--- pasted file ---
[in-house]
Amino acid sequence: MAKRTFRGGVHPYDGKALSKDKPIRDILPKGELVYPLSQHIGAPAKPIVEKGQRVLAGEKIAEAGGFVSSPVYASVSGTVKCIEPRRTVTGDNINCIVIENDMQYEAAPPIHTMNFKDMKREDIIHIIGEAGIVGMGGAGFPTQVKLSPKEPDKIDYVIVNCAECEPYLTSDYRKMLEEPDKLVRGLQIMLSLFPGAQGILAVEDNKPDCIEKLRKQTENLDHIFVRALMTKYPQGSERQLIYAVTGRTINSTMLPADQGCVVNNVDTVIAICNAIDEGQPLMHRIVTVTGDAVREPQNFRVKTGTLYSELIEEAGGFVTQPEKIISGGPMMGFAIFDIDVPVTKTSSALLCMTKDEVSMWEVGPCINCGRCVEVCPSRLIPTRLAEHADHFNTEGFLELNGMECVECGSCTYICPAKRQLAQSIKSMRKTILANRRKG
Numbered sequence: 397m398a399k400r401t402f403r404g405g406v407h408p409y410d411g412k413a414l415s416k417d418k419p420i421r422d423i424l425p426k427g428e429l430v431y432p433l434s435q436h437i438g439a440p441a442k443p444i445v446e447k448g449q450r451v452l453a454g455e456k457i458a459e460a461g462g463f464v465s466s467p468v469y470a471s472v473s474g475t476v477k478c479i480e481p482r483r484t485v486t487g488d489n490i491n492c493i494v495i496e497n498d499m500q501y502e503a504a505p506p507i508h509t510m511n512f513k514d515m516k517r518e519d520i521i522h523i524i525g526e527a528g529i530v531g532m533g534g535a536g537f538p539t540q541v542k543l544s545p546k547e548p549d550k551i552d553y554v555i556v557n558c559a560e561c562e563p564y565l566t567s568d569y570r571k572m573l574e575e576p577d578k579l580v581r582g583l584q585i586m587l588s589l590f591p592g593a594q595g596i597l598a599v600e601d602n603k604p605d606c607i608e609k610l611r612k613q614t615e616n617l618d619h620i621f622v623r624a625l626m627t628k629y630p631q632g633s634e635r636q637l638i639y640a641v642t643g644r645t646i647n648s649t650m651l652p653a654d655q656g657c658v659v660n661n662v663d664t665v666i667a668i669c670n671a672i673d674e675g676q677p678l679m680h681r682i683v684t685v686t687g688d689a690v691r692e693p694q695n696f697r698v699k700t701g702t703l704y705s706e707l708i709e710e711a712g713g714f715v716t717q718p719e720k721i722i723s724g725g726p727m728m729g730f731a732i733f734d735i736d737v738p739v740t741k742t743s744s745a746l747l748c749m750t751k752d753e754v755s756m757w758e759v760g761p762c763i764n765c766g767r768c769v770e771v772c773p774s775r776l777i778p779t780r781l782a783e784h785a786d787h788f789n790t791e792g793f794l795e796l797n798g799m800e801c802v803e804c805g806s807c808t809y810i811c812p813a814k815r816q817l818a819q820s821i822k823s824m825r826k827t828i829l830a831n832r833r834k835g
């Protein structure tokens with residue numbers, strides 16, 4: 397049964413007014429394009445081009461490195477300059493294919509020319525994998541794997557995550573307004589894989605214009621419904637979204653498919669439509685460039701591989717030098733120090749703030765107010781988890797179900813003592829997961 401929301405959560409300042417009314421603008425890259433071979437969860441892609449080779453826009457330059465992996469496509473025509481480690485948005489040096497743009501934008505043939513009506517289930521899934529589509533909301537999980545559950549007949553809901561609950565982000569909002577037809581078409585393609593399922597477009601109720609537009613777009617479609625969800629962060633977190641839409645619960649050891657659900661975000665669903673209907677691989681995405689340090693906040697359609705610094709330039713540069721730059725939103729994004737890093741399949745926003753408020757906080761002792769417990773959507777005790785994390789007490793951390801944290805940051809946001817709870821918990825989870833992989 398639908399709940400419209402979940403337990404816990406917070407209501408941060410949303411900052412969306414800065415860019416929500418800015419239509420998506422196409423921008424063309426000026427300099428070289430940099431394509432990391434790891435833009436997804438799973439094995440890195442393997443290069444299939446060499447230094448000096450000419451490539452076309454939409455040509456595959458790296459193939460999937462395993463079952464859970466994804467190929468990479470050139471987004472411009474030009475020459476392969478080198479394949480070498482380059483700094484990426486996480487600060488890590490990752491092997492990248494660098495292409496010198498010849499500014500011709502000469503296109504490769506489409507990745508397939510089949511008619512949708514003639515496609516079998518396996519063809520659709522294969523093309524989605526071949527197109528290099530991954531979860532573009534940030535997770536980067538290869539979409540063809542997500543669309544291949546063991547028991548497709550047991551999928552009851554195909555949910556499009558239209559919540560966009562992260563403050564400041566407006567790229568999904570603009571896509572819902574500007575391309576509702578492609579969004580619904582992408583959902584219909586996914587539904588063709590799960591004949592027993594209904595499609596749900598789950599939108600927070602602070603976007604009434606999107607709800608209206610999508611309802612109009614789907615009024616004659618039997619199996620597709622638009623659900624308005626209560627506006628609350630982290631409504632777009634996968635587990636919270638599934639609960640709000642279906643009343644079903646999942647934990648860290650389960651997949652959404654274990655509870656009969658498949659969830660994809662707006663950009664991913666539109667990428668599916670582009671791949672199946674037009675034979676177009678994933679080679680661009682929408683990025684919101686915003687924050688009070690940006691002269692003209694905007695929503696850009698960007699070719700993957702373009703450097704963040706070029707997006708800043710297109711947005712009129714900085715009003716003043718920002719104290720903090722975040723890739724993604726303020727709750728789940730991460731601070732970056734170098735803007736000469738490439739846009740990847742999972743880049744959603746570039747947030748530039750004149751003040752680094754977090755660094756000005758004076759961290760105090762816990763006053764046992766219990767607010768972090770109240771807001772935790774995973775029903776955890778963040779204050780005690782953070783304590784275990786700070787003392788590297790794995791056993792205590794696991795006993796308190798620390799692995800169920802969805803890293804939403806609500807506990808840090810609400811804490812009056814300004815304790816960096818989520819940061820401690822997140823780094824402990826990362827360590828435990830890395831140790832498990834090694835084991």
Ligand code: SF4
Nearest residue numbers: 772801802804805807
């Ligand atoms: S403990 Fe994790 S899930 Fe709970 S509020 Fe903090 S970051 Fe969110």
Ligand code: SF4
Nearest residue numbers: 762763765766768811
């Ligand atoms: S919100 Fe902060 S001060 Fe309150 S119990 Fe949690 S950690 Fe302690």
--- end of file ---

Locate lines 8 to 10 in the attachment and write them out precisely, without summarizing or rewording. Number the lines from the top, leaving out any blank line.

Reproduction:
Ligand code: SF4
Nearest residue numbers: 762763765766768811
């Ligand atoms: S919100 Fe902060 S001060 Fe309150 S119990 Fe949690 S950690 Fe302690």